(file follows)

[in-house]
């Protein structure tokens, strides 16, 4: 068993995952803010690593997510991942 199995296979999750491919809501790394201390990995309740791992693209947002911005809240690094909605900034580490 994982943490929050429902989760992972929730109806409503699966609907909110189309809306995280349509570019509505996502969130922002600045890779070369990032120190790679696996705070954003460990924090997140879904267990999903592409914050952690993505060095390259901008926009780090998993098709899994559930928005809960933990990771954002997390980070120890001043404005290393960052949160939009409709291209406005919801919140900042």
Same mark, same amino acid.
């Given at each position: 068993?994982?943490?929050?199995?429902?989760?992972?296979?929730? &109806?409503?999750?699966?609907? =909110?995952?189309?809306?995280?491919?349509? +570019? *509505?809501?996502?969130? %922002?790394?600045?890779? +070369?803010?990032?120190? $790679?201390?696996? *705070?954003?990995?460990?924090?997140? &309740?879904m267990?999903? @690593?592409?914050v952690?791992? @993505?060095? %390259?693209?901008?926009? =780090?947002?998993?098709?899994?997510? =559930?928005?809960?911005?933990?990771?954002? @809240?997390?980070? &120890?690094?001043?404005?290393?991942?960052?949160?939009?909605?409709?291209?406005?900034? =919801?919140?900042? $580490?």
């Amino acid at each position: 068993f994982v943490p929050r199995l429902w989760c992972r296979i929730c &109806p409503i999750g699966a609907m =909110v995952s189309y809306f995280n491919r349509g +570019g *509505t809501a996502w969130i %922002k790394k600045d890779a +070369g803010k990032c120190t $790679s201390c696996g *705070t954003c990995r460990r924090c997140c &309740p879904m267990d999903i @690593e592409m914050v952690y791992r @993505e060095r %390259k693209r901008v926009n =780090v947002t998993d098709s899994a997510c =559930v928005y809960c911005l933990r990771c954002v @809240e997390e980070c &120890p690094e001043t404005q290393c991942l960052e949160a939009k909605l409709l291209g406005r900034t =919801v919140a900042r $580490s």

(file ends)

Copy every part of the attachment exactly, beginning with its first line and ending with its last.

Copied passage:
[in-house]
């Protein structure tokens, strides 16, 4: 068993995952803010690593997510991942 199995296979999750491919809501790394201390990995309740791992693209947002911005809240690094909605900034580490 994982943490929050429902989760992972929730109806409503699966609907909110189309809306995280349509570019509505996502969130922002600045890779070369990032120190790679696996705070954003460990924090997140879904267990999903592409914050952690993505060095390259901008926009780090998993098709899994559930928005809960933990990771954002997390980070120890001043404005290393960052949160939009409709291209406005919801919140900042």
Same mark, same amino acid.
């Given at each position: 068993?994982?943490?929050?199995?429902?989760?992972?296979?929730? &109806?409503?999750?699966?609907? =909110?995952?189309?809306?995280?491919?349509? +570019? *509505?809501?996502?969130? %922002?790394?600045?890779? +070369?803010?990032?120190? $790679?201390?696996? *705070?954003?990995?460990?924090?997140? &309740?879904m267990?999903? @690593?592409?914050v952690?791992? @993505?060095? %390259?693209?901008?926009? =780090?947002?998993?098709?899994?997510? =559930?928005?809960?911005?933990?990771?954002? @809240?997390?980070? &120890?690094?001043?404005?290393?991942?960052?949160?939009?909605?409709?291209?406005?900034? =919801?919140?900042? $580490?």
């Amino acid at each position: 068993f994982v943490p929050r199995l429902w989760c992972r296979i929730c &109806p409503i999750g699966a609907m =909110v995952s189309y809306f995280n491919r349509g +570019g *509505t809501a996502w969130i %922002k790394k600045d890779a +070369g803010k990032c120190t $790679s201390c696996g *705070t954003c990995r460990r924090c997140c &309740p879904m267990d999903i @690593e592409m914050v952690y791992r @993505e060095r %390259k693209r901008v926009n =780090v947002t998993d098709s899994a997510c =559930v928005y809960c911005l933990r990771c954002v @809240e997390e980070c &120890p690094e001043t404005q290393c991942l960052e949160a939009k909605l409709l291209g406005r900034t =919801v919140a900042r $580490s």